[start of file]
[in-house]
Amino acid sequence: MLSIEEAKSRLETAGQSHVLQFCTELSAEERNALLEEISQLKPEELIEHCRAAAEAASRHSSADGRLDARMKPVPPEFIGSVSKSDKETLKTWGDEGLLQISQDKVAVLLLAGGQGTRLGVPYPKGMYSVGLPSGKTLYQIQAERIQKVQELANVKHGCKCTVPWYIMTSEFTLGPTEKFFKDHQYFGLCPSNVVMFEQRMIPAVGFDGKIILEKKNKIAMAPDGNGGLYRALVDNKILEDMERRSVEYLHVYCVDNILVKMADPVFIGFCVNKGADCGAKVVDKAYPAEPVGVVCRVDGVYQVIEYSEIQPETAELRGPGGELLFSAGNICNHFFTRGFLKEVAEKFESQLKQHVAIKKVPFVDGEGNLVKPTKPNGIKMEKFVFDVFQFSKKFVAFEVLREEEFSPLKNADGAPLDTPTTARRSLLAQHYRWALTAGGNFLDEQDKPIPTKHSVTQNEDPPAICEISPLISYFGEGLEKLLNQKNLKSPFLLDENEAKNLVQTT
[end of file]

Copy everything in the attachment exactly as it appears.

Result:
[in-house]
Amino acid sequence: MLSIEEAKSRLETAGQSHVLQFCTELSAEERNALLEEISQLKPEELIEHCRAAAEAASRHSSADGRLDARMKPVPPEFIGSVSKSDKETLKTWGDEGLLQISQDKVAVLLLAGGQGTRLGVPYPKGMYSVGLPSGKTLYQIQAERIQKVQELANVKHGCKCTVPWYIMTSEFTLGPTEKFFKDHQYFGLCPSNVVMFEQRMIPAVGFDGKIILEKKNKIAMAPDGNGGLYRALVDNKILEDMERRSVEYLHVYCVDNILVKMADPVFIGFCVNKGADCGAKVVDKAYPAEPVGVVCRVDGVYQVIEYSEIQPETAELRGPGGELLFSAGNICNHFFTRGFLKEVAEKFESQLKQHVAIKKVPFVDGEGNLVKPTKPNGIKMEKFVFDVFQFSKKFVAFEVLREEEFSPLKNADGAPLDTPTTARRSLLAQHYRWALTAGGNFLDEQDKPIPTKHSVTQNEDPPAICEISPLISYFGEGLEKLLNQKNLKSPFLLDENEAKNLVQTT